Detailed geophysical, hydraulic, and geochemical data were compiled from the literature for sedimentary basins and for liquid-dominated geothermal fields of sediment-filled rift valleys. The objective was to use the geothermal data as a guide to the effects to be expected in sedimentary basins from the upflow along growth faults and other high-permeability zones.
These geothermal reservoirs usually lie 0.6-0.8 km below the surface. Representative conditions in such reservoirs are temperatures of 120-370°C, thermal gradients of 15-80°C/km, salinity of 3-27 g/1, pH of about 4.5-5.5, pressure from hydrostatic to lithostatic, average porosity of 10-20%, and permeability of 0.1-600 md, typically. Comparable zones in sedimentary basins with similar thermal, geochemical, hydrodynamic, and lithological conditions are, for example: (1) upflow zones along growth faults (e.g., Wilcox trend, northern Gulf of Mexico Basin, up to 60°C/km) or piercement structures (e.g., Danish Central Graben, North Sea Basin, up to 50°C/km), (2) upflow zones along deep, but permeable strata of sedimentary basins (e.g., Alberta basin, ~40°C/km), and (3) sediments near ancient rift zones (e.g., Gabon basin).
Average bulk permeability and porosity are typically reduced by hydrothermal upflow in both environments. For example, the bulk porosity at a depth of 0.6-2.5 km in unaltered sediments is up to 10% higher than in an adjacent, moderate-temperature (120-200°C) geothermal reservoir. Apparently, the upflow of hydrothermal fluids into sedimentary strata can cause significant reduction of porosity and permeability in a short time (<16,000 yr) even at moderate temperatures and geothermal gradients (15-60°C/km). Representative bulk porosities of hydrothermally altered sediments at temperatures exceeding 250°C are about 3-10%, comparable to the porosity of basins commonly found at depth below about 4-5 km. Such hydrothermal processes may easily form basinal seals that are effective traps for hydrocarbon fluids.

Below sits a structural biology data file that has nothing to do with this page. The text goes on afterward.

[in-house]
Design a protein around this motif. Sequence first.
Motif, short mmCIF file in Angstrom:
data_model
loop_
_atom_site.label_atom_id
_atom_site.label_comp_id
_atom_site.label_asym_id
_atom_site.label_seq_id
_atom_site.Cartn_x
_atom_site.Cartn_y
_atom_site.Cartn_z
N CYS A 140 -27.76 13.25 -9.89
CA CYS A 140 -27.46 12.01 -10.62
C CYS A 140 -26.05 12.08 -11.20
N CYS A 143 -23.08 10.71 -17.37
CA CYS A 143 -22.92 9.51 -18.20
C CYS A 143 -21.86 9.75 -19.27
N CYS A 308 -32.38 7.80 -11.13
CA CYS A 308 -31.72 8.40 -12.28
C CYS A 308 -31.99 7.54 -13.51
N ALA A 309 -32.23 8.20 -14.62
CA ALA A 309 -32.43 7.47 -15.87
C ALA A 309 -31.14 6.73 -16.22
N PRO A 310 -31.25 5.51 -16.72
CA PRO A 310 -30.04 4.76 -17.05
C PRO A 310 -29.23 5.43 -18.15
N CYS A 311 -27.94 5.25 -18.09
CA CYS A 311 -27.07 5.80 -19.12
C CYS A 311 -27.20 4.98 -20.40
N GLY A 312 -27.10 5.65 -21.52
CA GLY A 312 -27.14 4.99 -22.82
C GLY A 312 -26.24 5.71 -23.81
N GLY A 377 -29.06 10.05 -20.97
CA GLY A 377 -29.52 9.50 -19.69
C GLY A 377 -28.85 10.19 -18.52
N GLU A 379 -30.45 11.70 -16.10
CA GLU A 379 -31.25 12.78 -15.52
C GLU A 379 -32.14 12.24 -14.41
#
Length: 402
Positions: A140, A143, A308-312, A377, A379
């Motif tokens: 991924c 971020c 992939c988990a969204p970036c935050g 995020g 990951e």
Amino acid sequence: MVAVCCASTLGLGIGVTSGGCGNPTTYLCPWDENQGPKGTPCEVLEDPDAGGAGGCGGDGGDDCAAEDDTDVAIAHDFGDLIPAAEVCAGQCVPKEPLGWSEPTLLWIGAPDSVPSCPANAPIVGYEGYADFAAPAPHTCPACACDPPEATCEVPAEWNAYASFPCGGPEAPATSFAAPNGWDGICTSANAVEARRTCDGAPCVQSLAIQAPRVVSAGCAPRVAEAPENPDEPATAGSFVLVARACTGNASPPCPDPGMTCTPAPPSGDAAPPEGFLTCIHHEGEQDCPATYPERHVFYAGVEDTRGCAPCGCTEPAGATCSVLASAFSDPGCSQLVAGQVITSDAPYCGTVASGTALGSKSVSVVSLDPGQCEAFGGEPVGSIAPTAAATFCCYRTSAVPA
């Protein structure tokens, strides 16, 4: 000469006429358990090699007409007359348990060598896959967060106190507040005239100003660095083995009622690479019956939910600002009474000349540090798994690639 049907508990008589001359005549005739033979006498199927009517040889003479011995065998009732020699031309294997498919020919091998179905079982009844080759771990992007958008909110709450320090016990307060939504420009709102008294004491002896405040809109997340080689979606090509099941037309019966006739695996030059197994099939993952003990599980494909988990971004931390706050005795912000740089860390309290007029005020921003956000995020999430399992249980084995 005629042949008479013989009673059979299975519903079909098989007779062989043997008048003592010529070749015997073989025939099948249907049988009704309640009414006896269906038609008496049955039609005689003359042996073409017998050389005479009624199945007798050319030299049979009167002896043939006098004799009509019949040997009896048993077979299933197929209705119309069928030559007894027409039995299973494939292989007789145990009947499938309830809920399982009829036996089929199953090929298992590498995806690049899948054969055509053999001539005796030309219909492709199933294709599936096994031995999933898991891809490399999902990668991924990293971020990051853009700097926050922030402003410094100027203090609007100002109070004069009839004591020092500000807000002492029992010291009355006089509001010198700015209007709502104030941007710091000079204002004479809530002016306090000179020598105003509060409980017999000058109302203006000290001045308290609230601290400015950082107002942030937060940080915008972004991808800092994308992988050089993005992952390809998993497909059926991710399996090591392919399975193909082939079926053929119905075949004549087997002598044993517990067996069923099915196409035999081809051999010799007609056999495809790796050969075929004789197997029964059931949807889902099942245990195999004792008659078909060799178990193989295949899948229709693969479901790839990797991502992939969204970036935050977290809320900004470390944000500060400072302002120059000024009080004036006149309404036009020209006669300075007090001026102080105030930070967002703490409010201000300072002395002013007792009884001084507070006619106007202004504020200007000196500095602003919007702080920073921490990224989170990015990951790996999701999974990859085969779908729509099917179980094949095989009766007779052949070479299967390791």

Sedimentary basins have temperatures and gradients similar to those in geothermal systems but at greater depth. For example, a temperature range from 120-190°C and a gradient of 45°C/km are typical at 2.2-3.8 km depth in sedimentary basins and 0.6-2.2 km depth in geothermal reservoirs. This means that, given similarities in geochemical conditions, similar water/rock interactions can occur. For instance, diagenetic alterations as a result of the influx of hot brines into clastic sediments are often similar in both cases.
Geothermal systems differ markedly from basins in having higher surface-heat flow, much higher near-surface gradients, and much lower gradients in the presence of cold water recharge. Additionally, organic solutes are absent in this type of geothermal reservoir while organic and biological reactions play an important role in sedimentary basins.
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Basins worldwide exhibit an unexpected degree of hydrologic segregation. There can be regions of a sedimentary basin that are isolated from their surroundings by a relatively thin envelope of low-permeability rock with an interior of sufficiently high permeability to maintain a consistent internal hydrostatic fluid pressure gradient. These have been named pressure compartments. Presure compartments have several remarkable features, just one of which is that internal fluid pressures can greatly exceed or be significantly less than any regional topographically controlled hydrologic head or drain. This publication contains 30 chapters that take detailed looks at pressure compartments in general, and detail case studies of these compartments in specific basins, such as the Anadarko and Gulf of Mexico. The volume also looks at other considerations in sedimentary basins such as hydrodynamic and thermal characteristics, and mechanical properties of rock.